‘Saturday Night Live’ fires Jay Pharoah and replaces him with two white guys
Saturday Night Live is shaking up its roster again. And by “shaking up” we mean firing Jay Pharoah and adding more white guys, because what mainstream comedy really needs is more Caucasian men. Six season veteran Pharoah, along with (white) cast members Taran Killam and Jon Rudnitsky, was recently told that his contract wouldn’t be renewed for SNL’s next season.
Who’s stepping in for Pharoah and his former colleagues? Two out of the three names on the list are white dude comedic actors Mikey Day and Alex Moffat — not a great look for a show with a serious long-running racial diversity problem that hasn’t gone away. Although Day and Moffat will also be joined by Melissa Villaseñor, the first Latina cast member in the show’s history, just over one-fourth of the upcoming season’s cast will be actors of color. Also, how sad is it that a show with more than four decades under its belt that films in New York is only getting its first Latina actor this year?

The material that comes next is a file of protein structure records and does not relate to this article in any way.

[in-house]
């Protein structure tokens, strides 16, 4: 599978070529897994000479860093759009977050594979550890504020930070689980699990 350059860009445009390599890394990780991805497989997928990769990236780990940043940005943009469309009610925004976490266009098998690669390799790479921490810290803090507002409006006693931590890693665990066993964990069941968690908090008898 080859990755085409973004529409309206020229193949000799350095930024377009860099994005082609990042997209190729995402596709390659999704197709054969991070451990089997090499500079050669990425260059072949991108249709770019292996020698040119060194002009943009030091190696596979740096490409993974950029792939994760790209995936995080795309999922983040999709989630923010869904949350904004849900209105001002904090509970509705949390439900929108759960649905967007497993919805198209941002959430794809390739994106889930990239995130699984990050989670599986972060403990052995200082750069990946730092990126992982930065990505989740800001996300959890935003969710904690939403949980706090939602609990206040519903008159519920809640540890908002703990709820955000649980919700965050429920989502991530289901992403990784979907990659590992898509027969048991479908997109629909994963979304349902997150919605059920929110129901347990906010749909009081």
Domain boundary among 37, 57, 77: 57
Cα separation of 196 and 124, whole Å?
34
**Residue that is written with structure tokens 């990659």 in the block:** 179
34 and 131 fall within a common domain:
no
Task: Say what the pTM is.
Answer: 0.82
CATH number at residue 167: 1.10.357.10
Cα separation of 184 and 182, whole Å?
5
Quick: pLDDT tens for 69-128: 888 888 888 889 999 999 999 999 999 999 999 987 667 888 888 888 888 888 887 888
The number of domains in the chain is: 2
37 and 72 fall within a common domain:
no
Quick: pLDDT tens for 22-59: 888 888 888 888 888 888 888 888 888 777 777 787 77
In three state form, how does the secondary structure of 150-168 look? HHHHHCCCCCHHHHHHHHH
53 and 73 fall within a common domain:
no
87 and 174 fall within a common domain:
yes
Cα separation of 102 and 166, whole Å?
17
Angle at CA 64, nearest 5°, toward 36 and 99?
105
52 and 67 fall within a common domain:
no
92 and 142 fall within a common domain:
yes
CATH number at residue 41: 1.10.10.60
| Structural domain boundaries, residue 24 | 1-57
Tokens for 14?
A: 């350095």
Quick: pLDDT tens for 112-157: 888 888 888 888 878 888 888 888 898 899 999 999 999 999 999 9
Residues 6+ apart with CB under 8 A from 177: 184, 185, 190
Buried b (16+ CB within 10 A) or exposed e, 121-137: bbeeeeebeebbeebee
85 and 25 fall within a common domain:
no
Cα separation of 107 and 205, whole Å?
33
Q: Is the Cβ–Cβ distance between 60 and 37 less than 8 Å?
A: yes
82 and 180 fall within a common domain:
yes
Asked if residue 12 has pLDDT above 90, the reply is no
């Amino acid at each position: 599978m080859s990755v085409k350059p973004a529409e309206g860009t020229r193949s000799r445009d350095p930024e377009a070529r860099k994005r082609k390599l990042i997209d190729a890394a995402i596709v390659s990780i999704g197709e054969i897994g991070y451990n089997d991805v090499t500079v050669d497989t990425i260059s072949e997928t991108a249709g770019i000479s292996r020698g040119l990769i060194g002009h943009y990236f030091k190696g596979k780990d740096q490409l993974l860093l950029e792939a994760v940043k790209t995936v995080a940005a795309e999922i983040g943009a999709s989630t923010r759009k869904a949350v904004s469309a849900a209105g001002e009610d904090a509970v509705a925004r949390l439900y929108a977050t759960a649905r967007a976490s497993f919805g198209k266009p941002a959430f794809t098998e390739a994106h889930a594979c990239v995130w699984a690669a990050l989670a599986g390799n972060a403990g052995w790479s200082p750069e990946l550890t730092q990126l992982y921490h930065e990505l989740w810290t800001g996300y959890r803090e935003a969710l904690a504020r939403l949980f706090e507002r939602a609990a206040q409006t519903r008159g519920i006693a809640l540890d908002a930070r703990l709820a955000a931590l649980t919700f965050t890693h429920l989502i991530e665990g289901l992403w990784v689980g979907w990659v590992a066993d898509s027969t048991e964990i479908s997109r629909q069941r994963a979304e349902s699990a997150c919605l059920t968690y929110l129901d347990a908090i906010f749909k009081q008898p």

No clear explanation has emerged from NBC about its decision to let Pharoah go, and he hasn’t been very forthcoming about the reasons behind his departure. In an interview with Vanity Fair, all he said was, “Transitions happen at the show. That’s how it happens and I’m just looking forward to getting on [upcoming comedy series] White Famous.” Very cryptic.
Did he know this was going to happen beforehand? Again, it’s unclear. But if former castmate Killam’s account to Uproxx is any indication, this was a surprise firing. He said, “[I] heard they weren’t going to pick up my contract. I was never given a reason why, really. I can assume until the cows come home.”
SNL’s decision to drop Pharoah is particularly jarring when you consider the topical impressions he’s done for the show. Even though Barack Obama won’t be in the White House much longer, dropping the guy who does Obama impressions at the peak of a truly mind-boggling presidential campaign seems like a bad call on the part of NBC.
Pharoah’s firing isn’t just a diversity issue — it’s also a relevance issue. If SNL continues to whiten its lineup, it’s already-declining claim to social relevance is going to go down the toilet. At a time when issues of race are such a visible part of politics, society, and the media, a show that trades on topical humor can’t afford to keep shutting out actors of color and replacing them with more white guys.